Talk regularly (at least several times a week) with each other, not just about what things need to be accomplished and what is going on with the children, but also about your emotional and spiritual health and where you think God is leading you as individuals and as a couple. Do this openly (without blaming the other or becoming defensive), even about your personal struggles with sexual frustration and the pain that is a natural part of growing into the people God is calling you to be.
These conversations take the form of personal statements such as, “I know God has asked us to take this time off, but sometimes it hurts so much when I just want to be with you…” As opposed to, “You’re always saying ‘no’ to me. Why can’t you just loosen up!” Or, “Why do you have to be so legalistic about this? Can’t we just use a condom this time?” Or even, “Why do you have to be so needy/horny/oversexed? Can’t you just control yourself already?”
Being open with each other about your frustration and responding sensitively and lovingly without blaming or feeling blamed is critical for managing the emotional tension that can sometimes bubble over when we are struggling with self-control.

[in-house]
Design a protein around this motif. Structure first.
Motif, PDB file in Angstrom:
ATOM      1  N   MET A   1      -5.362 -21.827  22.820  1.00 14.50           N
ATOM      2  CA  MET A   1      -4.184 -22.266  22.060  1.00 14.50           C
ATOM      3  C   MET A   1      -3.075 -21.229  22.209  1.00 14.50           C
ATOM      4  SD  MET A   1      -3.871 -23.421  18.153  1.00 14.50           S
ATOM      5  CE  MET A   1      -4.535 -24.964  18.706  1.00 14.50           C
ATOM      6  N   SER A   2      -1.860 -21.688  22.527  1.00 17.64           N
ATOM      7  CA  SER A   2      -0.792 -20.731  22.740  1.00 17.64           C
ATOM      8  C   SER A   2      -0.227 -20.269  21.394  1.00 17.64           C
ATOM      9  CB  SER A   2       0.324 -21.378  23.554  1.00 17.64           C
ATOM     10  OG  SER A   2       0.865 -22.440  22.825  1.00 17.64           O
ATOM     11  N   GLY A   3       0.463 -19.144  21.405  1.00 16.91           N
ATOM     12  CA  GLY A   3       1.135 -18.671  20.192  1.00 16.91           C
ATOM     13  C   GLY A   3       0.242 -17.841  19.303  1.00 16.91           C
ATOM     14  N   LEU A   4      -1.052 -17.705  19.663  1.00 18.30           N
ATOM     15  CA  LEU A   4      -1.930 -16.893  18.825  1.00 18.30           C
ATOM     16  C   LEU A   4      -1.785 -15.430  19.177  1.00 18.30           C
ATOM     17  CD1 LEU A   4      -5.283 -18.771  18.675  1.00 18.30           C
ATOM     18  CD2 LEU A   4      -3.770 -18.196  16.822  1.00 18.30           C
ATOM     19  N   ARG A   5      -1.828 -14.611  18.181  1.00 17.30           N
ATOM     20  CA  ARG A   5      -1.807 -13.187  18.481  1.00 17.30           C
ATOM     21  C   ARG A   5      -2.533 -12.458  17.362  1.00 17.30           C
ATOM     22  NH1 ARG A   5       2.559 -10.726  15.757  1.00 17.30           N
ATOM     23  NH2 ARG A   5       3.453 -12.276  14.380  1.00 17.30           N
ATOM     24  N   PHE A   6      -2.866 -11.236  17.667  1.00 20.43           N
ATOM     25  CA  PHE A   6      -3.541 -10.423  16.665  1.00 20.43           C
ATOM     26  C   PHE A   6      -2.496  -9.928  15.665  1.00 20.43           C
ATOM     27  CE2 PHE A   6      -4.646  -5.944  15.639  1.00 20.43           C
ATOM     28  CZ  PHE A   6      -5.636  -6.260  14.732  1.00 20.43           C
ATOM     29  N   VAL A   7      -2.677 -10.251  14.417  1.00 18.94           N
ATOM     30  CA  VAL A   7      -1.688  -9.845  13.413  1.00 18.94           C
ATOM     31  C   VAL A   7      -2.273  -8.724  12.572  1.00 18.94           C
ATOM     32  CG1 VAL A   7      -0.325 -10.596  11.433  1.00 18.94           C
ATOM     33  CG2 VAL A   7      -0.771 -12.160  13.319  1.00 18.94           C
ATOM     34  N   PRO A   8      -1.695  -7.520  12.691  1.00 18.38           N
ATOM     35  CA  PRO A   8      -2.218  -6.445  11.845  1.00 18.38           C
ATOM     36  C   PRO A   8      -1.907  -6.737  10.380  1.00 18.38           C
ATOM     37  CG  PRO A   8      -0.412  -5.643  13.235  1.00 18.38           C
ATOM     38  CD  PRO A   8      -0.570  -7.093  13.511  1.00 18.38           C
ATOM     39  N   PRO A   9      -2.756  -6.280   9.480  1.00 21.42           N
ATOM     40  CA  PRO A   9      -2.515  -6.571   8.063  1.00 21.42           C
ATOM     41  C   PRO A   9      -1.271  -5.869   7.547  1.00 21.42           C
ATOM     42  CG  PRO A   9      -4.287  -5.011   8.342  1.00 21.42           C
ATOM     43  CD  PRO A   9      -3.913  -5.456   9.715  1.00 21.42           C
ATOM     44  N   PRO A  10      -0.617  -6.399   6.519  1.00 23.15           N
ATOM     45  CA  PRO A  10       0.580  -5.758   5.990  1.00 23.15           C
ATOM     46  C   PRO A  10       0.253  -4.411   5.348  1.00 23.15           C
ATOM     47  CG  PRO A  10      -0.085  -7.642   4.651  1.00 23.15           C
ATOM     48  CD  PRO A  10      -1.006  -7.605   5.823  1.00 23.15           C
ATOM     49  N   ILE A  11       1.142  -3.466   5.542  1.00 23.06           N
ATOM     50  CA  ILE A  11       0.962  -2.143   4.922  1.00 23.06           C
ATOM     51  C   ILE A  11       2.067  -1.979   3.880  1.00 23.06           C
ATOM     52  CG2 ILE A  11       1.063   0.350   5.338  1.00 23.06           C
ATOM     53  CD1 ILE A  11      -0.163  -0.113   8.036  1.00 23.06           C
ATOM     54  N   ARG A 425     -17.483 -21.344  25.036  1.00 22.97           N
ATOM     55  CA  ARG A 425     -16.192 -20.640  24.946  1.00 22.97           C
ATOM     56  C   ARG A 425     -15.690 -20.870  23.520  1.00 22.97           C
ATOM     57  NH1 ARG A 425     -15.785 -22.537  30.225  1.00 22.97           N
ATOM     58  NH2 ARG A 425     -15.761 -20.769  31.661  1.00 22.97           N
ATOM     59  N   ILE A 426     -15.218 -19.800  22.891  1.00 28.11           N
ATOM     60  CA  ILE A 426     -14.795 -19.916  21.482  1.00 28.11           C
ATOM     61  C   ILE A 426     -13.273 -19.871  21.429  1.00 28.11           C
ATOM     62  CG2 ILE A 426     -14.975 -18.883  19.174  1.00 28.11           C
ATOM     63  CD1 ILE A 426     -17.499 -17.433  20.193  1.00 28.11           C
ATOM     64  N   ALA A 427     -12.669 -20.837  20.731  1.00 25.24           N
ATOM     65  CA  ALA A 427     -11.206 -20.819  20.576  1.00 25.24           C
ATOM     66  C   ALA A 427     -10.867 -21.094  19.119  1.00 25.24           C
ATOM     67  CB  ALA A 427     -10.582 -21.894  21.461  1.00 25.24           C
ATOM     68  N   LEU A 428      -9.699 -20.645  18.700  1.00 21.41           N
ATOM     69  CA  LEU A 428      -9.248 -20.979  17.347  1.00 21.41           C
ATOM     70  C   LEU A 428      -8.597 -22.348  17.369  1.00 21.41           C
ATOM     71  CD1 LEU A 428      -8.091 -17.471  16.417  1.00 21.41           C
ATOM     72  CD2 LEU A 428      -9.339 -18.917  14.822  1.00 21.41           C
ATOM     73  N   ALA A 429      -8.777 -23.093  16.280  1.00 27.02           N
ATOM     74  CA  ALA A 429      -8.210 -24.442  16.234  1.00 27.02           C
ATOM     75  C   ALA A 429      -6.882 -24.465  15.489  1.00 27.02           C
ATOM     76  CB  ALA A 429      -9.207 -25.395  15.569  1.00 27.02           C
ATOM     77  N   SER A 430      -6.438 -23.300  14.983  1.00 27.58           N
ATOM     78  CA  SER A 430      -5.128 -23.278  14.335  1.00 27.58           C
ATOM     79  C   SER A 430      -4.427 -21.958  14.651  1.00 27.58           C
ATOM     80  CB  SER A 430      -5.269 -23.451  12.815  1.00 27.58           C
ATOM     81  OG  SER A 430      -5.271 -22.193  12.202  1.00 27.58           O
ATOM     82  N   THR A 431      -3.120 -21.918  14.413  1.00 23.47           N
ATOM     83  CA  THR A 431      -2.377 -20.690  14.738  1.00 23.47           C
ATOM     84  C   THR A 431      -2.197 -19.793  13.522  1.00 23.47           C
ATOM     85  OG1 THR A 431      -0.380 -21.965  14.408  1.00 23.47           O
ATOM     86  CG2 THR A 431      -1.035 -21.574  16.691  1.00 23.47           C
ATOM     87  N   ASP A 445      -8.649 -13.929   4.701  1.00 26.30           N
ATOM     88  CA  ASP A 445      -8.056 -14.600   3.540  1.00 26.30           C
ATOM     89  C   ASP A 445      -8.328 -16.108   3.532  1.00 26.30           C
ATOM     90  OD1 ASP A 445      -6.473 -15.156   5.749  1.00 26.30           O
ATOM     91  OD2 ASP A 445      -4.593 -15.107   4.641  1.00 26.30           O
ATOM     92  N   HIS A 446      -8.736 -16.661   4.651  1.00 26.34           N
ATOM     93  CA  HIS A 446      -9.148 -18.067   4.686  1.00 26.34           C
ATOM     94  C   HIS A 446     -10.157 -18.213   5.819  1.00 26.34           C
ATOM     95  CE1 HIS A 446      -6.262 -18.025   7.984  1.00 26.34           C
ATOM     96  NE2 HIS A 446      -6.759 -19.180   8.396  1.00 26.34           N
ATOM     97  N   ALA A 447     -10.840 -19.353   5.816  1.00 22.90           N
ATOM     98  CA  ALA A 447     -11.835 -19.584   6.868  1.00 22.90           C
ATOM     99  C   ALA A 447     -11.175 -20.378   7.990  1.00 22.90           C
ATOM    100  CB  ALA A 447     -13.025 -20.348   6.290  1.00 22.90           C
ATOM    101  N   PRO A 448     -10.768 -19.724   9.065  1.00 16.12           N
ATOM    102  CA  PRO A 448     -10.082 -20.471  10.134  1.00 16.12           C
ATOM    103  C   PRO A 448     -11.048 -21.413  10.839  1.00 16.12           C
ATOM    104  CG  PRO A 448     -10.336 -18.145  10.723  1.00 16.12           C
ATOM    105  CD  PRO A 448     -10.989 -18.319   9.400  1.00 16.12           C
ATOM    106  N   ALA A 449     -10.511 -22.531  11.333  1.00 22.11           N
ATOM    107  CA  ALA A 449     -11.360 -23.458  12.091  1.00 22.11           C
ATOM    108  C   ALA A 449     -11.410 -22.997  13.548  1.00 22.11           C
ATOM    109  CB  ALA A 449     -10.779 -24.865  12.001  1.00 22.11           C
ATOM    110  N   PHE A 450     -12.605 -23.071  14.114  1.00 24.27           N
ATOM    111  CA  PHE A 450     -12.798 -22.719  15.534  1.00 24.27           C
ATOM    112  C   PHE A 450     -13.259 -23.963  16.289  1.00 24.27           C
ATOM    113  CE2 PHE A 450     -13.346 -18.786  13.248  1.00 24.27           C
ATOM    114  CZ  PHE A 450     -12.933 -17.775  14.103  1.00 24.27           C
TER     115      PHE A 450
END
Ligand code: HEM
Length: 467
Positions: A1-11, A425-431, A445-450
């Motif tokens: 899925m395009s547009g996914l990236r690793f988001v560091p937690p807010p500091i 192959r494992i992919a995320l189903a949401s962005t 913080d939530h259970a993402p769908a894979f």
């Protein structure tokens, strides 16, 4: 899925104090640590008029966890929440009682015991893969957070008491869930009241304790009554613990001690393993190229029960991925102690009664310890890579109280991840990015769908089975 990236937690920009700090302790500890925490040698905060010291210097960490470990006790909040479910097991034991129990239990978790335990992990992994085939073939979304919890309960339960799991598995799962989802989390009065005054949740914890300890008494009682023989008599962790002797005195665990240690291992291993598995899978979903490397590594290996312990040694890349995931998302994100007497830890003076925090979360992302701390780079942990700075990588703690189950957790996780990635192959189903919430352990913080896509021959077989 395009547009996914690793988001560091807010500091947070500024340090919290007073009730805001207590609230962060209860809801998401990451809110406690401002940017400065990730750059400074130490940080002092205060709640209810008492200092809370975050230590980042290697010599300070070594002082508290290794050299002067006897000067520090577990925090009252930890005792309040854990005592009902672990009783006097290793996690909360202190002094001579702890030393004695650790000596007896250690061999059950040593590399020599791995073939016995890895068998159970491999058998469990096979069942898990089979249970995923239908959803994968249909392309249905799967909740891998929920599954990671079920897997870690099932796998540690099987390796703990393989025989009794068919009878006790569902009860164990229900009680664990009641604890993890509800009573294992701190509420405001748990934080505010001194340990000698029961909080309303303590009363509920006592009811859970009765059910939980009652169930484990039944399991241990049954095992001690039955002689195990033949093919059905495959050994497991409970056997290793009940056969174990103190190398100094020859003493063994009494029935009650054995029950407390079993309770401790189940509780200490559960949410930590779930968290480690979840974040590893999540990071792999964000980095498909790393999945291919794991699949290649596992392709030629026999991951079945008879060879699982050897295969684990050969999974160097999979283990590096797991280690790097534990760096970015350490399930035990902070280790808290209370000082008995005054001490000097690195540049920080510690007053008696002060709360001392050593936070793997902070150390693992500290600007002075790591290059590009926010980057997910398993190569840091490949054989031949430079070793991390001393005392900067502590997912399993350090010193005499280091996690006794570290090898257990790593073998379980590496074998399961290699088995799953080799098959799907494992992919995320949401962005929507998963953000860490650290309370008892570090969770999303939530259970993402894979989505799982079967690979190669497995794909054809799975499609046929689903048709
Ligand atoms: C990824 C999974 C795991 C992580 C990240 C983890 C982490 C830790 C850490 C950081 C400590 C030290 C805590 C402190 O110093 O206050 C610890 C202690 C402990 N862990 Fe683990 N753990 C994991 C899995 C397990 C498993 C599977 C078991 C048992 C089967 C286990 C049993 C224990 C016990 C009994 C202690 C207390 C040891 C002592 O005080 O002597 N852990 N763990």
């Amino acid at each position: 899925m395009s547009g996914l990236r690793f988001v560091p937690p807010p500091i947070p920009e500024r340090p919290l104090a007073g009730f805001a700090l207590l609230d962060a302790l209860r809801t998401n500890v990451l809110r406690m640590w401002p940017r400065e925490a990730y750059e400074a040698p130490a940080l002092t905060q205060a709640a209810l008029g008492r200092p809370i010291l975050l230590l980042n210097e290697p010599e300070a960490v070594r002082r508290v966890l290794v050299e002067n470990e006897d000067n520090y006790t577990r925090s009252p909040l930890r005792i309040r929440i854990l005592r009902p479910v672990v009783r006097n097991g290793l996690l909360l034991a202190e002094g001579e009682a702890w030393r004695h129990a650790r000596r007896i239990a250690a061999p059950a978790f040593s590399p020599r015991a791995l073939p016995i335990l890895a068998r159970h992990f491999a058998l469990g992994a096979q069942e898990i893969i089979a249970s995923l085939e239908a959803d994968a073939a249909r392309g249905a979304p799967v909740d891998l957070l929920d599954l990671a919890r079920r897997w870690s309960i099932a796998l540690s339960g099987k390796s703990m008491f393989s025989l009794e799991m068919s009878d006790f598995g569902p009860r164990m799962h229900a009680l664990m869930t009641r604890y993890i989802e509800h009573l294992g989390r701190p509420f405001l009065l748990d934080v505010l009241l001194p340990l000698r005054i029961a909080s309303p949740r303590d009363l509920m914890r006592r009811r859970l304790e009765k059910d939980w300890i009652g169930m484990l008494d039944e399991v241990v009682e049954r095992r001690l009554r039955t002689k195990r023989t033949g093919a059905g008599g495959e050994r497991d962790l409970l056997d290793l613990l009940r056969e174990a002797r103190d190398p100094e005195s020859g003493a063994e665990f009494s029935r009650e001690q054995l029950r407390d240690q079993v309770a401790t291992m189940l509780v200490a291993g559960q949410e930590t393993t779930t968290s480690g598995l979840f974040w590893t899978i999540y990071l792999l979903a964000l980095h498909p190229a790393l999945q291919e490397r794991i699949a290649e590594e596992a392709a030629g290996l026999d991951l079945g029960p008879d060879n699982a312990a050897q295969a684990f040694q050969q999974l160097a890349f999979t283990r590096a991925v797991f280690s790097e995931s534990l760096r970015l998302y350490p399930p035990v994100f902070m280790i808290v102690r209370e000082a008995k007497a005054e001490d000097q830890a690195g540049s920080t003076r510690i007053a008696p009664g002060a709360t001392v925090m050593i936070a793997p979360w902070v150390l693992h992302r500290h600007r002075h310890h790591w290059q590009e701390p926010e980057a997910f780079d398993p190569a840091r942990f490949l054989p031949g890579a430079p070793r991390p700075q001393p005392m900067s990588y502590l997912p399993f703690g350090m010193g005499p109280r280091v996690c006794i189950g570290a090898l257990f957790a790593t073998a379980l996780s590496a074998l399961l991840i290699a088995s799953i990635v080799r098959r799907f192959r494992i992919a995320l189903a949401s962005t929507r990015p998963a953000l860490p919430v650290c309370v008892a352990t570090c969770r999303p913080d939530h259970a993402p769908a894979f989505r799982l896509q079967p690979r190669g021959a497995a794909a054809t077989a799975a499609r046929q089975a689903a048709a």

3. Be affectionate
Couples who do poorly handling the frustration of periodic abstinence tend to almost completely avoid sharing any kind of affection with each other unless it is going to lead to sex. These couples will say things like, “I can’t hug you in Phase II, because if I do, I get too crazy.” Or, as one acquaintance of mine put it, “I can work late for the next couple of weeks because we’re in Phase II, so it’s not like we can do anything anyway.” When intimacy is only thought of as sexual, this points directly to a truly immature view of sexuality that is more about self-indulgence than it is about self-giving.
By contrast, couples who handle the frustration of periodic abstinence better than others are usually as affectionate as they can be throughout all the phases of their cycle. These couples know that hugs, kisses, cuddling, and even “making out” doesn’t have to end in sex, and in fact, can be a real aphrodisiac when it doesn’t.